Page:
“Only the Brave” is based on the true story of the Granite Mountain Hotshots, a crew of 20 firefighters from Prescott, Arizona, 19 of whom perished while battling the Yarnell Hill Fire in 2013.

A spoiler alert seems unnecessary for a film based on a well-documented event, but if you feel blindsided, know that your awareness of what happened will add weight to everything that precedes it. When one of the firefighters talked like a love-struck school boy about a girl he’d just met, my heart twisted in place.


Pass it Down receives Spirit of Innovation Award

Storytelling platform Pass it Down is the recipient of the Chattanooga Chamber of Commerce’s 2017 Spirit of Innovation Award.

“Thank you to the Chamber and this city,” said founder and CEO Chris Cummings during the awards luncheon Oct. 20. “My wife and I moved here two years ago. We feel embraced and at home because Chattanooga welcomed us with open arms and made it easy to start a company.”


Amanda Banks joins Pinnacle’s Broad Street office

Amanda Banks has joined Pinnacle Financial Partners as a mortgage advisor assistant for the firm’s downtown Chattanooga office at 801 Broad St.

Banks, with 10 years of experience, most recently served as a mortgage loan processor for Peoples Home Equity. Prior roles included serving as a loan officer for Principal Mortgage, First Horizon Bank and United Capital Mortgage.


NAR explores top reasons for choosing a career in real estate

Most Realtors self-initiated their career in real estate and identify strong people skills as the most important trait to be a successful agent, according to the National Association of Realtors’ new research report, “Choosing a Career in Real Estate: A Perspective on Gender, Race and Ethnicity.”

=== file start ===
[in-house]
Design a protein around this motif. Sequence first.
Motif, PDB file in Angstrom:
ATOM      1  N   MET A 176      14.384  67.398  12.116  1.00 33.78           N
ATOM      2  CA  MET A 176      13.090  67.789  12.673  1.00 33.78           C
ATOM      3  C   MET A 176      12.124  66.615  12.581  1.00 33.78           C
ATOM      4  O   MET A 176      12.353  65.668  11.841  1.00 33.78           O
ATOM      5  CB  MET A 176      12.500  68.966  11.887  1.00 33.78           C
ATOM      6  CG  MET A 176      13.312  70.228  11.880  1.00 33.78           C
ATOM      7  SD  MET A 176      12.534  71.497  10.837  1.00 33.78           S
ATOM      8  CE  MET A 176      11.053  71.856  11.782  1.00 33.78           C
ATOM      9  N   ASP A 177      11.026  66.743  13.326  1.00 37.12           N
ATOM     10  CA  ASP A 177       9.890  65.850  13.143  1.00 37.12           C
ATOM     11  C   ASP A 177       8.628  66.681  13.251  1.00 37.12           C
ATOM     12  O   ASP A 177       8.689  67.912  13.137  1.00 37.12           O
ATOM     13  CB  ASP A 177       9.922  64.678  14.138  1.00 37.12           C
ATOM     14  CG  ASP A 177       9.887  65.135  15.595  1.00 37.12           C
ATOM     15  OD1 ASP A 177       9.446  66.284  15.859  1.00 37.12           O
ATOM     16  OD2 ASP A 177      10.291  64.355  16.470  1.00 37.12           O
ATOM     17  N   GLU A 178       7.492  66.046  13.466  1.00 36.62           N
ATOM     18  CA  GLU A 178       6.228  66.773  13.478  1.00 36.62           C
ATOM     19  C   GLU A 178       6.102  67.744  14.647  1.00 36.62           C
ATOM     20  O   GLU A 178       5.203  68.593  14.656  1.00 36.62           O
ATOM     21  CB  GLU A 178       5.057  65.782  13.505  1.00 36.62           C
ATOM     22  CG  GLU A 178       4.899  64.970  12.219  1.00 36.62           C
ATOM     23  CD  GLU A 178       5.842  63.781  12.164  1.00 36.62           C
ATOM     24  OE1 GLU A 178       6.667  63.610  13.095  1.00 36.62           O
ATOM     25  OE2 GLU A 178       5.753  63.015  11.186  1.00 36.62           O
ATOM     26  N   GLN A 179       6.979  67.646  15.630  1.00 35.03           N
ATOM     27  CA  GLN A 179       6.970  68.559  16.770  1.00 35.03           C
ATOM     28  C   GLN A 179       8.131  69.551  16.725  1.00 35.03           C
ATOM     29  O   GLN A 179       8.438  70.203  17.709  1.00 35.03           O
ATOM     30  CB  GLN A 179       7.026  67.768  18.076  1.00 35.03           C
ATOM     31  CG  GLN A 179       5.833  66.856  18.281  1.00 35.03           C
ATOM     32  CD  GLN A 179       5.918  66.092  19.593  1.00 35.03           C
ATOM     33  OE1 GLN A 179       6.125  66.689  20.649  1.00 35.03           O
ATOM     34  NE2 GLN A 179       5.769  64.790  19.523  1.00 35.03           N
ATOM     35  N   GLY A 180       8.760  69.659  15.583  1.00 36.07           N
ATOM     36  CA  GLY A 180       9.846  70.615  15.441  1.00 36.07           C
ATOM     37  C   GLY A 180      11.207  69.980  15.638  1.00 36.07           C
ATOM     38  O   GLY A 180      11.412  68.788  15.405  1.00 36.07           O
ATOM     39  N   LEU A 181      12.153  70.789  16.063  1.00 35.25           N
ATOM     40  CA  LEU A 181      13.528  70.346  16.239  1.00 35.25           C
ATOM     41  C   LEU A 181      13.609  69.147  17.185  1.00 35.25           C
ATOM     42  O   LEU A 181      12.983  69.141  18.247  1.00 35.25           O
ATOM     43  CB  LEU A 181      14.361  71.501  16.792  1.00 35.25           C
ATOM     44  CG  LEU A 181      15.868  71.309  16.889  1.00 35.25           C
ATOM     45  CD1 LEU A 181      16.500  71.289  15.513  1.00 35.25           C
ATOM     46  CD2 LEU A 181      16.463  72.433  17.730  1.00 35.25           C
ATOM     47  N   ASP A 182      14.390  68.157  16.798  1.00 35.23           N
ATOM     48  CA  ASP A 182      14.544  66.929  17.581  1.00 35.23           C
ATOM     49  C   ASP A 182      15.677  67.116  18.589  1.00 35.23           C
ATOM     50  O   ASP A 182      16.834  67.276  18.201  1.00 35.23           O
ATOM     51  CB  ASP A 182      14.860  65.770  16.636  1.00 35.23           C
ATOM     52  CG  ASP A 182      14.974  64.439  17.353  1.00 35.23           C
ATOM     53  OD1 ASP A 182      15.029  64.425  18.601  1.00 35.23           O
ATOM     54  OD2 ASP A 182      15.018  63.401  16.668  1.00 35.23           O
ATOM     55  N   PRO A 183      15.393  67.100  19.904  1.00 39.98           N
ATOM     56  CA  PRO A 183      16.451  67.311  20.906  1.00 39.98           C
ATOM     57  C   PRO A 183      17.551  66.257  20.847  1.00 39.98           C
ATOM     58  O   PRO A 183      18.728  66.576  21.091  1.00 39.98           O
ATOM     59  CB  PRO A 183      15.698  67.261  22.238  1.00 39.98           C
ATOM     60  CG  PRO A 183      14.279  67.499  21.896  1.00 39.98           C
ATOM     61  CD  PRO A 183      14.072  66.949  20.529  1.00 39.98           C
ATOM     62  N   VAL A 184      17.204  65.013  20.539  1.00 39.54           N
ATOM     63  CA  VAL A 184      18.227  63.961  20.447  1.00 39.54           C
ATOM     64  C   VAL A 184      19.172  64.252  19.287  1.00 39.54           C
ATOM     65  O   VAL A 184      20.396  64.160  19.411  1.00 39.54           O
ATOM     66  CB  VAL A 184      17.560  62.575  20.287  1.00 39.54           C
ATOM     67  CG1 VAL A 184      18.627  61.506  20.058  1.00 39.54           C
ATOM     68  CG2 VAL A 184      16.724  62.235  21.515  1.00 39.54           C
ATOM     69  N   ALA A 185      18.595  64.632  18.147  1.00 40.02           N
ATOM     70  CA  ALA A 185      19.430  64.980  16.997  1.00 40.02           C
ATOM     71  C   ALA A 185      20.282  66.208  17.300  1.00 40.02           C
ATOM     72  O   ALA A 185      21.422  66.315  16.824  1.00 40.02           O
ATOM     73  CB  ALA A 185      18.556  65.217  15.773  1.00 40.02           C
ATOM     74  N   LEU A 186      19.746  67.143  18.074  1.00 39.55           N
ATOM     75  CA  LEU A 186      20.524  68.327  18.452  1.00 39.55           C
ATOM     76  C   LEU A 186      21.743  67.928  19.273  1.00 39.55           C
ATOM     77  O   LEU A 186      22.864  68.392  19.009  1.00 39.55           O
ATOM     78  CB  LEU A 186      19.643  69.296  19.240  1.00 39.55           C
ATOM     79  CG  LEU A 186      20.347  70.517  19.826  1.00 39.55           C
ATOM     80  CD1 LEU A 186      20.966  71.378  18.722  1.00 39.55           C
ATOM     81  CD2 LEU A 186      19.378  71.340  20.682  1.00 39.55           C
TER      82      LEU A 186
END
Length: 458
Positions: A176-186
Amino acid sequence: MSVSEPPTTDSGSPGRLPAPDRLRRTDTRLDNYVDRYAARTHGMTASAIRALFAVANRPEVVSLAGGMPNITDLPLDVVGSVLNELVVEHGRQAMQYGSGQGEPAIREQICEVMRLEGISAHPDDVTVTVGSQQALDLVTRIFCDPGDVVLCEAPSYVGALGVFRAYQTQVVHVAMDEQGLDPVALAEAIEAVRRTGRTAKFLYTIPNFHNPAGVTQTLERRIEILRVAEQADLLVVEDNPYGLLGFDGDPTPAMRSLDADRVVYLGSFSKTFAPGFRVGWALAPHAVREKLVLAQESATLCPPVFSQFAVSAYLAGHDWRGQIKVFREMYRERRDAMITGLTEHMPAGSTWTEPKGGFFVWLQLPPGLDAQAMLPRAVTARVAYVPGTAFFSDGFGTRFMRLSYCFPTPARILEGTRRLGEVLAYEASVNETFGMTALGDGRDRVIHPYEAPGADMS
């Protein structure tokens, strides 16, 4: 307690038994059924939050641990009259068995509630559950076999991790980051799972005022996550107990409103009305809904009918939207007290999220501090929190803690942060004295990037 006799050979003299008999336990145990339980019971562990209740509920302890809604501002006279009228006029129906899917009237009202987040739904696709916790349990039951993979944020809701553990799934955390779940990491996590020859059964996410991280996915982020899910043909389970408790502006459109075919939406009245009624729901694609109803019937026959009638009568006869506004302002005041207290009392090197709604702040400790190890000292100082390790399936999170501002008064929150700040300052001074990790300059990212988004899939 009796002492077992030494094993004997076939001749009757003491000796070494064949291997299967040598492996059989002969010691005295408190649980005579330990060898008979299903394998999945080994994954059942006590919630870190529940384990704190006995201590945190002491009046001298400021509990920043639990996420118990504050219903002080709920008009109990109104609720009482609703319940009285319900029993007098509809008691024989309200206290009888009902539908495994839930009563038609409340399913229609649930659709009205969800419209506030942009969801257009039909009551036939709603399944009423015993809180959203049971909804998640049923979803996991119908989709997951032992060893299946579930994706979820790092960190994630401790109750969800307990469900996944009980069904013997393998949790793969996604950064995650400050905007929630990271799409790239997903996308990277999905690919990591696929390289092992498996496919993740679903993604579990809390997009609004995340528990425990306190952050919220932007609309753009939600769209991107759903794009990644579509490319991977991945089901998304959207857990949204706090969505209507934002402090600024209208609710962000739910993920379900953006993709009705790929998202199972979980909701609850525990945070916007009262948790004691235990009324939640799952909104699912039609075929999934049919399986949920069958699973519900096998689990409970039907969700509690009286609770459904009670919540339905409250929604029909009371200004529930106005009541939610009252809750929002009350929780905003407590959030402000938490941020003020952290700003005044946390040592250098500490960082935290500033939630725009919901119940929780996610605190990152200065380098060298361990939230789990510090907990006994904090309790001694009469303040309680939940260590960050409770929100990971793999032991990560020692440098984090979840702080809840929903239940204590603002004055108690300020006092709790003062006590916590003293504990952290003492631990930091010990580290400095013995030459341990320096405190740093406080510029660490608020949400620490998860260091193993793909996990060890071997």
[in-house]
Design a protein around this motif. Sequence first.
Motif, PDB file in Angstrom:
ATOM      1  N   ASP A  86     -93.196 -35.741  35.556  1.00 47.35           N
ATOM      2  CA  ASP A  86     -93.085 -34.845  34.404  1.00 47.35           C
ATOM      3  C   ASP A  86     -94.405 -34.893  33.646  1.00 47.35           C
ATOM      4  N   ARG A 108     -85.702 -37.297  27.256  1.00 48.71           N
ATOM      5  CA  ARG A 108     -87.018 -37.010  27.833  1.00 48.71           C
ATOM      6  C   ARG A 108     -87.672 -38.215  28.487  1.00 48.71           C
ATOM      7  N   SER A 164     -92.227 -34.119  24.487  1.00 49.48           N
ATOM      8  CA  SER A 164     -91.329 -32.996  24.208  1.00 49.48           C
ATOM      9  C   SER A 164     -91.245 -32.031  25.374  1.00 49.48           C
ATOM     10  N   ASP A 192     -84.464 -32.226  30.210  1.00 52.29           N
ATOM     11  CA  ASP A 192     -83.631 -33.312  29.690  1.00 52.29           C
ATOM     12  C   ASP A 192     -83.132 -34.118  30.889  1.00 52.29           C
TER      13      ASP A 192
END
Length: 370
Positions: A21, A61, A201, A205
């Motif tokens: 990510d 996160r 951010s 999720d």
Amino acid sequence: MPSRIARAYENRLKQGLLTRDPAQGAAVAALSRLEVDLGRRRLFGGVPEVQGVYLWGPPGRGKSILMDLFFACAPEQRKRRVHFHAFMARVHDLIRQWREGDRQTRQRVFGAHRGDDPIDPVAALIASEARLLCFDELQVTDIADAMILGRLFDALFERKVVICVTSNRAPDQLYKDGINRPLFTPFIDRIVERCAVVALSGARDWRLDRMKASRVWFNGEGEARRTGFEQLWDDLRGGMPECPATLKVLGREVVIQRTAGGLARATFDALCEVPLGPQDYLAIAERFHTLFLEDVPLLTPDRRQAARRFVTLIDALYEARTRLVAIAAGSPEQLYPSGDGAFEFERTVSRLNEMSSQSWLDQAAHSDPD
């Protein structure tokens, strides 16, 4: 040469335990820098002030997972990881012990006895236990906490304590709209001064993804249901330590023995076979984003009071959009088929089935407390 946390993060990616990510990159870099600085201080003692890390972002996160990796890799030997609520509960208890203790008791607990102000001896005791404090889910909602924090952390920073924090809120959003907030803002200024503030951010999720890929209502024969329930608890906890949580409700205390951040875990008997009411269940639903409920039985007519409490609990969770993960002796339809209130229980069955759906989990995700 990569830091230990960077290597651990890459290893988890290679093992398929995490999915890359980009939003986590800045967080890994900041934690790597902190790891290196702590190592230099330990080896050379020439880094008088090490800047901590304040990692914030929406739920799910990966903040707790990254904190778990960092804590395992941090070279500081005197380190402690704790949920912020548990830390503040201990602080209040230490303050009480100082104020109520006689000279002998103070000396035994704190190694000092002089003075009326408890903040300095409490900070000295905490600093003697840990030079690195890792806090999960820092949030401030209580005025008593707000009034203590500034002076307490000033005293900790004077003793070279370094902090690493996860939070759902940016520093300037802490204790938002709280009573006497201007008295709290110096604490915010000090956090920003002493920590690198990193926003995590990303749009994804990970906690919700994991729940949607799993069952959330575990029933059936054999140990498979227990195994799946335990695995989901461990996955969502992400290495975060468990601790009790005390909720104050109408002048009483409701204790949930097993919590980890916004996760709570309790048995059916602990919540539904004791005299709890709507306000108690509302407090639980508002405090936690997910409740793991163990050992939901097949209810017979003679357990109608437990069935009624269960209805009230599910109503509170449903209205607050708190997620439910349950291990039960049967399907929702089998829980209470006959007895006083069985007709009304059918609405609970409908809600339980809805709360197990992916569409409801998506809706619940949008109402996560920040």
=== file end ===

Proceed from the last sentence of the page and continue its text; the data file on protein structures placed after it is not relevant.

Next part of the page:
Proposed tax reform hurts homeowners

Federal income tax reform is a hot topic in Washington right now, and some elements being discussed might actually harm middle-class homeowners, according to the National Association of Realtors.

The NAR issued a “call to action” last week for its 1.3 million members to contact their senators and congressmen in Washington to encourage them to reform our tax code and protect middle class homeowners.


Does market volatility scare you?

Halloween is almost upon us. Of course, on Halloween night, you may see a parade of monsters, demons, Transformers and other frightening individuals stopping by your house, exercising their right to demand candy.

Fortunately, their appearance will be unlikely to cause you unpleasant dreams. But some people seem to have real fears about other things – such as what may happen in the financial markets. One way to keep those fears at bay is to avoid certain impulsive moves, such as the following:


Events: Drive-through flu vaccine clinics

CHI Memorial Convenient Care locations in Signal Mountain and LaFayette, Georgia will host drive-through flu vaccine clinics on Saturday, Oct. 28, 8 a.m.-noon. Most insurance companies will pay 100 percent of the cost. The vaccine is $25 for those who don’t have insurance.



Tennessee Press